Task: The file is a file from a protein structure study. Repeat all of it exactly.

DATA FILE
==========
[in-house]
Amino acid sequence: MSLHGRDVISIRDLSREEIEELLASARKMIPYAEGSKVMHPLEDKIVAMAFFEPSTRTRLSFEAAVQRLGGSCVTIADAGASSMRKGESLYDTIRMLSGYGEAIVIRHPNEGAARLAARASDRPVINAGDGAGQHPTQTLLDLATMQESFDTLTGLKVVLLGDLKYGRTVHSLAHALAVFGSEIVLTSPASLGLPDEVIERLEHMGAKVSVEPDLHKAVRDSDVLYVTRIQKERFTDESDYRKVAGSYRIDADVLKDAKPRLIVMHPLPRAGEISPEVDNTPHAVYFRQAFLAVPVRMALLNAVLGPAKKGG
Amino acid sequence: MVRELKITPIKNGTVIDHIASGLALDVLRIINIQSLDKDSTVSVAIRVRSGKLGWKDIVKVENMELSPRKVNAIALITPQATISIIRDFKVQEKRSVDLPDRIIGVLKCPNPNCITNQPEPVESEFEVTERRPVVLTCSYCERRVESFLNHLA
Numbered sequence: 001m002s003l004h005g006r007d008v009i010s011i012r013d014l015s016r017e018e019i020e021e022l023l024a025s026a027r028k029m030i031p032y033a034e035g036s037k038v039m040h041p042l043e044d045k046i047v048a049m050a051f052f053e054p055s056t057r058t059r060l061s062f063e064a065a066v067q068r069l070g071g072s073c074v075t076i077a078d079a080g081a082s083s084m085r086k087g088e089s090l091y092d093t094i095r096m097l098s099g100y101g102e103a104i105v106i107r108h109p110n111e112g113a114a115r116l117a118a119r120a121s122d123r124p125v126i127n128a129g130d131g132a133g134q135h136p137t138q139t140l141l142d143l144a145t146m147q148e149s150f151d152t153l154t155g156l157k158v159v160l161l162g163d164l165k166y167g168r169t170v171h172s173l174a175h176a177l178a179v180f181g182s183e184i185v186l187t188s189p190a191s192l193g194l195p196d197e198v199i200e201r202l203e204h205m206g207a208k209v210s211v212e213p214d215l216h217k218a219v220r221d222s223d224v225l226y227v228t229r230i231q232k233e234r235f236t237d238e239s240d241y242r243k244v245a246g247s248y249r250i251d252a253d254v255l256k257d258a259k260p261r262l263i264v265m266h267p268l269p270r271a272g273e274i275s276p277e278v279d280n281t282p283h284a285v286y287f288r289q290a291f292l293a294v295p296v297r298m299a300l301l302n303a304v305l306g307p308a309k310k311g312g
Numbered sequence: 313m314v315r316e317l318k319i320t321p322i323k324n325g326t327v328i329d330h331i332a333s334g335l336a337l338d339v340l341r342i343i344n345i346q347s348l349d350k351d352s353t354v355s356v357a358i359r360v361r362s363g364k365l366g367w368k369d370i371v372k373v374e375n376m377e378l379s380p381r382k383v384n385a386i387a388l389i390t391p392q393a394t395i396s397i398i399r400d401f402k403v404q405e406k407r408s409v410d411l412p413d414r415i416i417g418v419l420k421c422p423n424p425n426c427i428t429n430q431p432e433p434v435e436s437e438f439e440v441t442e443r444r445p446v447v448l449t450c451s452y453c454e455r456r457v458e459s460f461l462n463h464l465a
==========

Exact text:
[in-house]
Amino acid sequence: MSLHGRDVISIRDLSREEIEELLASARKMIPYAEGSKVMHPLEDKIVAMAFFEPSTRTRLSFEAAVQRLGGSCVTIADAGASSMRKGESLYDTIRMLSGYGEAIVIRHPNEGAARLAARASDRPVINAGDGAGQHPTQTLLDLATMQESFDTLTGLKVVLLGDLKYGRTVHSLAHALAVFGSEIVLTSPASLGLPDEVIERLEHMGAKVSVEPDLHKAVRDSDVLYVTRIQKERFTDESDYRKVAGSYRIDADVLKDAKPRLIVMHPLPRAGEISPEVDNTPHAVYFRQAFLAVPVRMALLNAVLGPAKKGG
Amino acid sequence: MVRELKITPIKNGTVIDHIASGLALDVLRIINIQSLDKDSTVSVAIRVRSGKLGWKDIVKVENMELSPRKVNAIALITPQATISIIRDFKVQEKRSVDLPDRIIGVLKCPNPNCITNQPEPVESEFEVTERRPVVLTCSYCERRVESFLNHLA
Numbered sequence: 001m002s003l004h005g006r007d008v009i010s011i012r013d014l015s016r017e018e019i020e021e022l023l024a025s026a027r028k029m030i031p032y033a034e035g036s037k038v039m040h041p042l043e044d045k046i047v048a049m050a051f052f053e054p055s056t057r058t059r060l061s062f063e064a065a066v067q068r069l070g071g072s073c074v075t076i077a078d079a080g081a082s083s084m085r086k087g088e089s090l091y092d093t094i095r096m097l098s099g100y101g102e103a104i105v106i107r108h109p110n111e112g113a114a115r116l117a118a119r120a121s122d123r124p125v126i127n128a129g130d131g132a133g134q135h136p137t138q139t140l141l142d143l144a145t146m147q148e149s150f151d152t153l154t155g156l157k158v159v160l161l162g163d164l165k166y167g168r169t170v171h172s173l174a175h176a177l178a179v180f181g182s183e184i185v186l187t188s189p190a191s192l193g194l195p196d197e198v199i200e201r202l203e204h205m206g207a208k209v210s211v212e213p214d215l216h217k218a219v220r221d222s223d224v225l226y227v228t229r230i231q232k233e234r235f236t237d238e239s240d241y242r243k244v245a246g247s248y249r250i251d252a253d254v255l256k257d258a259k260p261r262l263i264v265m266h267p268l269p270r271a272g273e274i275s276p277e278v279d280n281t282p283h284a285v286y287f288r289q290a291f292l293a294v295p296v297r298m299a300l301l302n303a304v305l306g307p308a309k310k311g312g
Numbered sequence: 313m314v315r316e317l318k319i320t321p322i323k324n325g326t327v328i329d330h331i332a333s334g335l336a337l338d339v340l341r342i343i344n345i346q347s348l349d350k351d352s353t354v355s356v357a358i359r360v361r362s363g364k365l366g367w368k369d370i371v372k373v374e375n376m377e378l379s380p381r382k383v384n385a386i387a388l389i390t391p392q393a394t395i396s397i398i399r400d401f402k403v404q405e406k407r408s409v410d411l412p413d414r415i416i417g418v419l420k421c422p423n424p425n426c427i428t429n430q431p432e433p434v435e436s437e438f439e440v441t442e443r444r445p446v447v448l449t450c451s452y453c454e455r456r457v458e459s460f461l462n463h464l465a